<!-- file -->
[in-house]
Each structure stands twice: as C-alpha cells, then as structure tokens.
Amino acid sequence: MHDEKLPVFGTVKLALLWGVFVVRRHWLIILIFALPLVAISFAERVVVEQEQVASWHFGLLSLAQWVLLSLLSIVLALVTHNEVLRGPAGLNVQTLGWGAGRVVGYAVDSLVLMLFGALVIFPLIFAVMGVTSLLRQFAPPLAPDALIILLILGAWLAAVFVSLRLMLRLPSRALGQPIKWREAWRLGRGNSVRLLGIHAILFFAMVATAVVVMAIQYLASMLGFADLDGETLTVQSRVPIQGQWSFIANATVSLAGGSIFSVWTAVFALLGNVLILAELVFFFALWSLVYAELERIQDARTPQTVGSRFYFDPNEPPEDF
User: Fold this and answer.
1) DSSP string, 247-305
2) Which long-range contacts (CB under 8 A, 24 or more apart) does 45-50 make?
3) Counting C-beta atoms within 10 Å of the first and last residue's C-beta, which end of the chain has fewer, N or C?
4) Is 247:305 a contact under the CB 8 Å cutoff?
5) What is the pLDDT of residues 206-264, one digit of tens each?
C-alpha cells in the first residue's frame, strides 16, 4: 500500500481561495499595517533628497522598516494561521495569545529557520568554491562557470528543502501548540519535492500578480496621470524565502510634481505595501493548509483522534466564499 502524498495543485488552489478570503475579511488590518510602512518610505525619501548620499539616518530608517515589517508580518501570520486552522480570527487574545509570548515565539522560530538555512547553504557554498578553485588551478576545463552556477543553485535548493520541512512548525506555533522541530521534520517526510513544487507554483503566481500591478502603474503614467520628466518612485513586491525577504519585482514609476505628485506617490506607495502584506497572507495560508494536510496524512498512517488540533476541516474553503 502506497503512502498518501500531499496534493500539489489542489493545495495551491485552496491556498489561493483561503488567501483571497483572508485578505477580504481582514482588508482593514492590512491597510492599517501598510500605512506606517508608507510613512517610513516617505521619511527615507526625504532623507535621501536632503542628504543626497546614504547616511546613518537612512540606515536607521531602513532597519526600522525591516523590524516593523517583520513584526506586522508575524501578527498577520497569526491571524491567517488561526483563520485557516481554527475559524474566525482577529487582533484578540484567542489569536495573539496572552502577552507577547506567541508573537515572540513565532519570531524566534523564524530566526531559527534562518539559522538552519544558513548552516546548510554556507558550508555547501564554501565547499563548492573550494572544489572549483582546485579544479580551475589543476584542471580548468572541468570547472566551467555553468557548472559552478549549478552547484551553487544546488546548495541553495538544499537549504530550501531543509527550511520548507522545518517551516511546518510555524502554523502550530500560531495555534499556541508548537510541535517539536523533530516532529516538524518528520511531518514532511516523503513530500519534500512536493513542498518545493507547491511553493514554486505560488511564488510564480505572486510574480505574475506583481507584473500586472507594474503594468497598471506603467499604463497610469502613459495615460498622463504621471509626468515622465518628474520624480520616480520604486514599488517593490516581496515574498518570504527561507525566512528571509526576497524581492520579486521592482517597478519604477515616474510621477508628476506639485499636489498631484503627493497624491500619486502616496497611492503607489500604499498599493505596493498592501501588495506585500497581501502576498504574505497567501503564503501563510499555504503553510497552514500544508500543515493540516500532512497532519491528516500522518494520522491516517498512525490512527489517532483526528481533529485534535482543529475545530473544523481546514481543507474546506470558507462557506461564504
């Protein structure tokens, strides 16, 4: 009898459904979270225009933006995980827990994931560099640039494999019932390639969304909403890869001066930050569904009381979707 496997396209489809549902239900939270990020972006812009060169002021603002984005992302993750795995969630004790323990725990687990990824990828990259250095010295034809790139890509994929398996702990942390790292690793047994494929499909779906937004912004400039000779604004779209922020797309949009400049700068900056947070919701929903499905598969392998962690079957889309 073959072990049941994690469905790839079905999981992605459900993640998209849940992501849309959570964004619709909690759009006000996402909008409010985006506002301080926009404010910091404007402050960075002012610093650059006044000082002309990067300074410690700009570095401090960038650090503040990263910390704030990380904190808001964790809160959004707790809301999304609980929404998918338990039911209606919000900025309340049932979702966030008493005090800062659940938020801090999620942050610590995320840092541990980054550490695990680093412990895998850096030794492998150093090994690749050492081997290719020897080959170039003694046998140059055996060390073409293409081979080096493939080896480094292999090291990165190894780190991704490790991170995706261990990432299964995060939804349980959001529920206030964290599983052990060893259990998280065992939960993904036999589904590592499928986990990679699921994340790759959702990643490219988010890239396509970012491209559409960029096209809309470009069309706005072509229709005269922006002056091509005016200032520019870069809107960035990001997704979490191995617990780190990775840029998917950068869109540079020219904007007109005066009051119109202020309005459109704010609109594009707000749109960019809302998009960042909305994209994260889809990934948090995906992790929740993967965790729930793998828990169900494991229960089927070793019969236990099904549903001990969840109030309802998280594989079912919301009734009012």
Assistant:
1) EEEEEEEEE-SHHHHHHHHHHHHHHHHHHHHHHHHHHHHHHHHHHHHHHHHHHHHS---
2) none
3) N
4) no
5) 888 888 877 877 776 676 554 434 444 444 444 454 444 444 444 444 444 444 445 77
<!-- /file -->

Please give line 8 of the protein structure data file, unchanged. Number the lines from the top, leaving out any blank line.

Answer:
4) Is 247:305 a contact under the CB 8 Å cutoff?